Interview with Martina who works at the Mosaik Workshop in Mytilene on the island of Lesvos in early December 2016 as part of Manchester Museum’s Collecting Life project. You can also see bags made out of recycled materials from abandoned life jackets on display in the Museum entrance.
Continuing the blog posts telling the story of my visit to the Greek island of Lesvos in December 2016 to collect a refugee’s life jacket for Manchester Museum…
After taking receipt of life jacket or ‘sosivio’ from the Town Hall in Mytiline in Lesvos, I visited a centre for refugees called Mosaik with Dr Yulie Tzirou, a lecturer at the University of the Aegean, to see how life jackets are recycled to make into bags. There I met Martina, the Greek lady in charge of the workshop.
So many refugees have made the crossing to Lesvos and abandoned their life jackets on landing that piles upon piles of life jackets and inflatable boats have accumulated on the shores of the island. Both Greek volunteers and refugees work at the centre. There are also creative activities and language lessons, and access to legal advice. The refugees now on Lesvos can’t leave the island until their claims for asylum are processed with takes a long time. Without centres such as Mosaik there would be relatively few opportunities for them.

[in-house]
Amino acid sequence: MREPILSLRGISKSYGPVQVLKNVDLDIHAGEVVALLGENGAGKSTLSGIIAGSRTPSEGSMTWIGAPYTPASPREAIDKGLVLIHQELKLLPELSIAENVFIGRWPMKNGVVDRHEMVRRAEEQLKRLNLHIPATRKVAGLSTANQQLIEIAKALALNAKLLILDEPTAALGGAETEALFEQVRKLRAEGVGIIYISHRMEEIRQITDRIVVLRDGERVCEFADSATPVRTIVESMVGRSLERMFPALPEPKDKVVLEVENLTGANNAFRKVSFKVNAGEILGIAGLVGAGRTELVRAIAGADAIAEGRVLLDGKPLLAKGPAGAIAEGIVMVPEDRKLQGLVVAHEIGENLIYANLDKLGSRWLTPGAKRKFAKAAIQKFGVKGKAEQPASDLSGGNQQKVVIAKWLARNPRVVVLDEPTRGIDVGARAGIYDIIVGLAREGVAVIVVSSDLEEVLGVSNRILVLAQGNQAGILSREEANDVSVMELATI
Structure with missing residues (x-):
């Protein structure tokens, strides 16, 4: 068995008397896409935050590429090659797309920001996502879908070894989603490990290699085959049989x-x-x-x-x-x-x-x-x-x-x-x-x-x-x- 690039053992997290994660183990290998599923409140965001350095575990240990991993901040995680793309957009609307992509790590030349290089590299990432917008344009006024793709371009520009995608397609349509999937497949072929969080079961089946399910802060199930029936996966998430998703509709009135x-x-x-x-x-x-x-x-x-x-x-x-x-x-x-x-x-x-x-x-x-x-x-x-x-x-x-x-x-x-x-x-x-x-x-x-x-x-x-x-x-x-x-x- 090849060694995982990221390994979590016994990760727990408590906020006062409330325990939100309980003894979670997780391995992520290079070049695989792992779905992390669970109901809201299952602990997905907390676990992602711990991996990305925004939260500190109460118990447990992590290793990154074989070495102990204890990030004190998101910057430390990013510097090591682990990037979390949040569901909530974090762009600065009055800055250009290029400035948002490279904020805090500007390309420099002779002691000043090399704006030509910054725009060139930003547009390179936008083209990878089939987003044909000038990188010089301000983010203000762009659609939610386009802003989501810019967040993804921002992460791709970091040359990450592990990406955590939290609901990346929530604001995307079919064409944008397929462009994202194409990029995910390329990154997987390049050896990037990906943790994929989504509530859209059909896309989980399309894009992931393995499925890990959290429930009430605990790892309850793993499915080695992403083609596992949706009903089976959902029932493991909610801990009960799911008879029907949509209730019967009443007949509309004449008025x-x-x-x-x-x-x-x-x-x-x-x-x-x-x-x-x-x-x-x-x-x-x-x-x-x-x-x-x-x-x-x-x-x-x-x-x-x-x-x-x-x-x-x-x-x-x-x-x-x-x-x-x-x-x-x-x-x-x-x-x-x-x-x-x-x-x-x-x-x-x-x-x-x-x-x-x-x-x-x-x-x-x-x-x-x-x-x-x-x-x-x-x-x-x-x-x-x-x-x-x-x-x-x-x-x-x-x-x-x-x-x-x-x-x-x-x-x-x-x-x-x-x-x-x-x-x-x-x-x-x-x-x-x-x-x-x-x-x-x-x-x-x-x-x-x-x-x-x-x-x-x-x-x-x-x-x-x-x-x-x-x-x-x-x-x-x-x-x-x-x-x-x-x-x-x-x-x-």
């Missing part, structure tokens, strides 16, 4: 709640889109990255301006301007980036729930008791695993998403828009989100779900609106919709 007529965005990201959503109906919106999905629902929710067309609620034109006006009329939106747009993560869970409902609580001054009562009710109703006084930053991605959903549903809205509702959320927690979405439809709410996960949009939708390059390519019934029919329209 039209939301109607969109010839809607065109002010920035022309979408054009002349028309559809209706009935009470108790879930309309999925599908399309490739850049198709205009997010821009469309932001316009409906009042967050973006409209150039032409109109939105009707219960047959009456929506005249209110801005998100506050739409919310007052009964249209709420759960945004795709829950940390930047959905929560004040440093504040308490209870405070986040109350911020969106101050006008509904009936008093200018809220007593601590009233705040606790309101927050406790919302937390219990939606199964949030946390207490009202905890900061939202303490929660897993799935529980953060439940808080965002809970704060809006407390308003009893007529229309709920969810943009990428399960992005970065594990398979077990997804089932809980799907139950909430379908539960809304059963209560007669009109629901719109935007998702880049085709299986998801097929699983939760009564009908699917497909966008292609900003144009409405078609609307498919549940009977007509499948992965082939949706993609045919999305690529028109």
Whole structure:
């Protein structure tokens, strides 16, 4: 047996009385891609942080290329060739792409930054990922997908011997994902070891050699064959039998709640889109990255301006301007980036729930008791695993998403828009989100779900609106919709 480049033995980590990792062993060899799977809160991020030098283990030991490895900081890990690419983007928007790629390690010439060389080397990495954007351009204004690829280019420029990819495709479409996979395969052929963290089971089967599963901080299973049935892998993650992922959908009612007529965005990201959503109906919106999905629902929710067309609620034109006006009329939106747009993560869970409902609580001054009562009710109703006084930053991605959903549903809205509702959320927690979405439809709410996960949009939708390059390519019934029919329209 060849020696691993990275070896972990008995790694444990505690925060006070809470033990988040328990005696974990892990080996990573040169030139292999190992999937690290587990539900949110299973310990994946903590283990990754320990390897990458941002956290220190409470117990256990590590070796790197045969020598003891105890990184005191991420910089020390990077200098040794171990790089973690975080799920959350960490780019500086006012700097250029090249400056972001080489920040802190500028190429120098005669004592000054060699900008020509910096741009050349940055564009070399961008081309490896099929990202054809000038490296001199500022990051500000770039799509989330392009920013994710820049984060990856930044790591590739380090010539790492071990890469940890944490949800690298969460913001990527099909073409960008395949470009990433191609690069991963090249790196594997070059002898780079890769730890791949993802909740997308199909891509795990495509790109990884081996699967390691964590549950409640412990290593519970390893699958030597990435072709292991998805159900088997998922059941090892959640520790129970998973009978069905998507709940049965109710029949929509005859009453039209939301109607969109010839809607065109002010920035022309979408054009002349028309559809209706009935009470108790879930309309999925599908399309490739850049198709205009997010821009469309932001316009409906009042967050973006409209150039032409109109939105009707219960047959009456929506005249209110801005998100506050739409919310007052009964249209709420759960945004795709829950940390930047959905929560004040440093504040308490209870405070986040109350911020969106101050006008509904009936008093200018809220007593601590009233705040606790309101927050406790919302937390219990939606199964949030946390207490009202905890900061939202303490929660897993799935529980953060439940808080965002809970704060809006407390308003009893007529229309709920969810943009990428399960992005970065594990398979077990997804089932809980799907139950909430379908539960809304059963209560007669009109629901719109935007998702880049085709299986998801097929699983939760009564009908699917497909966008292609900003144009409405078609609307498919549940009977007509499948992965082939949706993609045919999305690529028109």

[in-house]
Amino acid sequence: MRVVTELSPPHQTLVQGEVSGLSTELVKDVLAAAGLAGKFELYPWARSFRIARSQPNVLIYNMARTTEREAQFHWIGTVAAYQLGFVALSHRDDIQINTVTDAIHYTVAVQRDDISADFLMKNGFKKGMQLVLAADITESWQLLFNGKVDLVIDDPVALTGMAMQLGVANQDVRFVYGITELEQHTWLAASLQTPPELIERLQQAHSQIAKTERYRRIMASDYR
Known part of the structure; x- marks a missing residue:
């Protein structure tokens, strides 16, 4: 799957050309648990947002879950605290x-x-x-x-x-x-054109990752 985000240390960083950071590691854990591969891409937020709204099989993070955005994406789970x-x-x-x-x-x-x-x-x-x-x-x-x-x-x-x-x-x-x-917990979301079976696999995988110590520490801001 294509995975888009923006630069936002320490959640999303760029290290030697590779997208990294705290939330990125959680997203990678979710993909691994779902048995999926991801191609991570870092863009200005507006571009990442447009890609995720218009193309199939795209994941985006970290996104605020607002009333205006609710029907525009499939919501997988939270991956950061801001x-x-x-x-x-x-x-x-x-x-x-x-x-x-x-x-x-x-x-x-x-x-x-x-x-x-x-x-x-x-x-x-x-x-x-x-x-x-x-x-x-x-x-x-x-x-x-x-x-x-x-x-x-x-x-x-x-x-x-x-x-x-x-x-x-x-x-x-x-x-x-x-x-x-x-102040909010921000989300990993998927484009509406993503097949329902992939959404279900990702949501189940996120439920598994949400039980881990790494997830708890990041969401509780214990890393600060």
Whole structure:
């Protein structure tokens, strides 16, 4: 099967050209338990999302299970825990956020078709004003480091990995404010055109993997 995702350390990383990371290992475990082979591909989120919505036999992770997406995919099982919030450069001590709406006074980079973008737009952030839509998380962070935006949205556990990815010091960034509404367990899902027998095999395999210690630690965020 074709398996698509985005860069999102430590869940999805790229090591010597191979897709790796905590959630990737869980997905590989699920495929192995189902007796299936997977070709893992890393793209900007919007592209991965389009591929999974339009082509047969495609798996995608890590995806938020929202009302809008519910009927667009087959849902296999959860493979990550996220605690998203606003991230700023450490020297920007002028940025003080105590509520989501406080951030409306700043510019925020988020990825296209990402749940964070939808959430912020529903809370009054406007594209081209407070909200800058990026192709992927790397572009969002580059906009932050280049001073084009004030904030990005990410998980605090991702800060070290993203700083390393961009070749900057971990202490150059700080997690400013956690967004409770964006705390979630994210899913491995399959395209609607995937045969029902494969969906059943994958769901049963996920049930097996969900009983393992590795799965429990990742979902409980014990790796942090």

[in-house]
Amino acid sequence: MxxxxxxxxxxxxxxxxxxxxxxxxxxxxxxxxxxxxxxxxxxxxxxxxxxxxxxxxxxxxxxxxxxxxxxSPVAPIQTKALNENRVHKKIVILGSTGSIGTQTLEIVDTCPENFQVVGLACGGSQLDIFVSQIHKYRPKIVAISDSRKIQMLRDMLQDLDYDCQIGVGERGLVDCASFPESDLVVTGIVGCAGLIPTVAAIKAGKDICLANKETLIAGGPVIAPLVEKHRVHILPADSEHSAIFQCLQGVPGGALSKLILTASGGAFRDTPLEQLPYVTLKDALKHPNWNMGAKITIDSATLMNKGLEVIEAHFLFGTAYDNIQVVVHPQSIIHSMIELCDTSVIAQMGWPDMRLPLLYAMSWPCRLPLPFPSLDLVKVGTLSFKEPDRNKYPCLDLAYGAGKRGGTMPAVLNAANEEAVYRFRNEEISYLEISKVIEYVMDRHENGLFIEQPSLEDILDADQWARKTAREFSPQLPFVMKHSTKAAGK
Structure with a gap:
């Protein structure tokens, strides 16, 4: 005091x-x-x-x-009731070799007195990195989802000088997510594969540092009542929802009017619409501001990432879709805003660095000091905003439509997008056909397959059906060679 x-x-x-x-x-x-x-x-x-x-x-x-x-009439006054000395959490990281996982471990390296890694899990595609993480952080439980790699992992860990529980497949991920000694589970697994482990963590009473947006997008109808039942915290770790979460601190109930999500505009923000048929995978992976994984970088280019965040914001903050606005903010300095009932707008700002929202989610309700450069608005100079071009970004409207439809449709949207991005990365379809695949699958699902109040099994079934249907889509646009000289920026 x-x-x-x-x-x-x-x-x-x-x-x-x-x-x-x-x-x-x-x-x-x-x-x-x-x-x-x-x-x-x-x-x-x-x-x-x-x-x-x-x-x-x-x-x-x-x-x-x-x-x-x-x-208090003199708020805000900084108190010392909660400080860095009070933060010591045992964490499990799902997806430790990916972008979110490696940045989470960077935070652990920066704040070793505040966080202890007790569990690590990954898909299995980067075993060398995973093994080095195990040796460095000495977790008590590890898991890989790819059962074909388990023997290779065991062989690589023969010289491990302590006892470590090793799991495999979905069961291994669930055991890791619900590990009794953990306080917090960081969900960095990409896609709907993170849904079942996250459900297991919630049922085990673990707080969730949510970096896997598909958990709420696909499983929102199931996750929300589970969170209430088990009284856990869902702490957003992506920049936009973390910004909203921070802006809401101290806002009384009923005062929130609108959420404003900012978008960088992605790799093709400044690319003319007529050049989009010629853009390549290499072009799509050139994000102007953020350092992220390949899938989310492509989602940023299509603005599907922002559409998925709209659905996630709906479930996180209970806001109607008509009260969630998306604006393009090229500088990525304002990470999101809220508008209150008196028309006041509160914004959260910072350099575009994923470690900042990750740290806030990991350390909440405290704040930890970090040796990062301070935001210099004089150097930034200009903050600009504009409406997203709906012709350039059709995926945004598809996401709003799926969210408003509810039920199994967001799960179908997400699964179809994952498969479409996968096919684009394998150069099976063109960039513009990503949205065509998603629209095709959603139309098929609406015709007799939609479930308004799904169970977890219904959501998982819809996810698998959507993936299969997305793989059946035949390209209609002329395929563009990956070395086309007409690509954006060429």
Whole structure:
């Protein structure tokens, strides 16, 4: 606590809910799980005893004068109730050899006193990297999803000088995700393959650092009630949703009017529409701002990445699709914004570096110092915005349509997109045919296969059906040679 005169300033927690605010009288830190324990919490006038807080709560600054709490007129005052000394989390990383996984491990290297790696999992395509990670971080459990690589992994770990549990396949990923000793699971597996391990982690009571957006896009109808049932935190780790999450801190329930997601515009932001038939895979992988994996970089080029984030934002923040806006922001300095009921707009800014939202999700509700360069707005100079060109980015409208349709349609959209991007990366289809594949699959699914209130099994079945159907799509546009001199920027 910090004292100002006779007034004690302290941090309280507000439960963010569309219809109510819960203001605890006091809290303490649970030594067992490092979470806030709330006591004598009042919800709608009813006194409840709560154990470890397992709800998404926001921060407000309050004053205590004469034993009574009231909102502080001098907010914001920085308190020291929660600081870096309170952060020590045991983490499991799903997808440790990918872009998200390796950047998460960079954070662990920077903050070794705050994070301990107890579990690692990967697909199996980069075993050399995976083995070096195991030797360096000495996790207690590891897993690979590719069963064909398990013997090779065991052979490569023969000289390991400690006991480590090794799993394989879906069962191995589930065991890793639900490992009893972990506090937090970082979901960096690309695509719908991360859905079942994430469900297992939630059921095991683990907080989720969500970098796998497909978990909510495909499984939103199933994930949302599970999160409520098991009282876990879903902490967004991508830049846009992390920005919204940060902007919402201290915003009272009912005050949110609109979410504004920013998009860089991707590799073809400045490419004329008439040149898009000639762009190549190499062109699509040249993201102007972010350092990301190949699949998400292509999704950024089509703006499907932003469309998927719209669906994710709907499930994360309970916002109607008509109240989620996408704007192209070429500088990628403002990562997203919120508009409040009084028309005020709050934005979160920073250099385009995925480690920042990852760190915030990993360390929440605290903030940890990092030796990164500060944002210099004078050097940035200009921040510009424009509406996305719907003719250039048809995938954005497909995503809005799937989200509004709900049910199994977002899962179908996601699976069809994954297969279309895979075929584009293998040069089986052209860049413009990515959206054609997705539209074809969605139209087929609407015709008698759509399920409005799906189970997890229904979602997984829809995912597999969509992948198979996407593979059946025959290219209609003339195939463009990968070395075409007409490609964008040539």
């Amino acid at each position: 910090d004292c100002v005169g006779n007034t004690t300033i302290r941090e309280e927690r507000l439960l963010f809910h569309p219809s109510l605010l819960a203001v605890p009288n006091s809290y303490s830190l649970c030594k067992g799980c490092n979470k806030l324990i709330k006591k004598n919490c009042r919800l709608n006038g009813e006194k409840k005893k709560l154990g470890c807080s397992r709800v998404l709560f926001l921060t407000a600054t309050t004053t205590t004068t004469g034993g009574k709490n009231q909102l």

The sheer number of life jackets that have been abandoned on the island represents an environmental problem on a massive scale and one that the Deputy Mayor in charge of cleansing, Mr Kantzanos, has worked extremely hard to clear up. The life jackets that were lying on the beaches were also having an impact on tourism, which is an important source of income to the island during the summer. Making the discarded life jackets into bags helps deal with the problem and raises some money for the voluntary organisation that is trying to help the refugees.
In between visits to the Town Hall to collect the life jacket and to Mosaik to see recycling I found time to visit the Lesvos archaeological museum to see the beautiful Roman mosaics from the House of Menander. One shows Orpheus playing music surrounded by wild animals. Another smaller mosaic shows a large octopus stealing fish from a fishing boat. Although this is from a later period in Roman history it was a great opportunity to take some photographs for the temporary exhibition about Pliny the Elder and Roman Natural History scheduled for 2018. The octopus, in particular, is reminiscent of the story in the Natural History about a 60lb monster that raided fish farms in the province of Baetica in Southern Spain. A fence was built to keep it out with no success (what is it with Romans and walls?) and finally it was cornered with dogs and killed and ended up on display pickled in the governor’s residence as a sort of tourist attraction.
The next instalment of this blog about my visit to the island of Lesvos to collect a refugee’s life jacket will be released shortly.